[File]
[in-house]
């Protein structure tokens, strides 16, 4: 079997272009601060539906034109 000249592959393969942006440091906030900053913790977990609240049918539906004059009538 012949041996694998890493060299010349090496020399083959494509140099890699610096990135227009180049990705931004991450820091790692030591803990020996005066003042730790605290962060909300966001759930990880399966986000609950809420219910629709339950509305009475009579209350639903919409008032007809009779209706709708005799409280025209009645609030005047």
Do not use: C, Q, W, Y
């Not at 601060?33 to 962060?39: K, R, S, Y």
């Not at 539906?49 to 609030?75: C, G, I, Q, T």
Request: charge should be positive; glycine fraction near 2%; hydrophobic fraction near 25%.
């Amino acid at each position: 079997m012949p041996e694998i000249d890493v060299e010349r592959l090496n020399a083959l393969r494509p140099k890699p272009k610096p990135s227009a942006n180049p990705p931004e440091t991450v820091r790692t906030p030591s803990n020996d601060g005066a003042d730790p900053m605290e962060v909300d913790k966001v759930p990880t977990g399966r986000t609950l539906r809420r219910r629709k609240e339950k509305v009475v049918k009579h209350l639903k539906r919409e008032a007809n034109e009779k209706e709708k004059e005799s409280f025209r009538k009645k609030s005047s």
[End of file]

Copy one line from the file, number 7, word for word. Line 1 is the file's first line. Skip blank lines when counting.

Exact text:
């Amino acid at each position: 079997m012949p041996e694998i000249d890493v060299e010349r592959l090496n020399a083959l393969r494509p140099k890699p272009k610096p990135s227009a942006n180049p990705p931004e440091t991450v820091r790692t906030p030591s803990n020996d601060g005066a003042d730790p900053m605290e962060v909300d913790k966001v759930p990880t977990g399966r986000t609950l539906r809420r219910r629709k609240e339950k509305v009475v049918k009579h209350l639903k539906r919409e008032a007809n034109e009779k209706e709708k004059e005799s409280f025209r009538k009645k609030s005047s």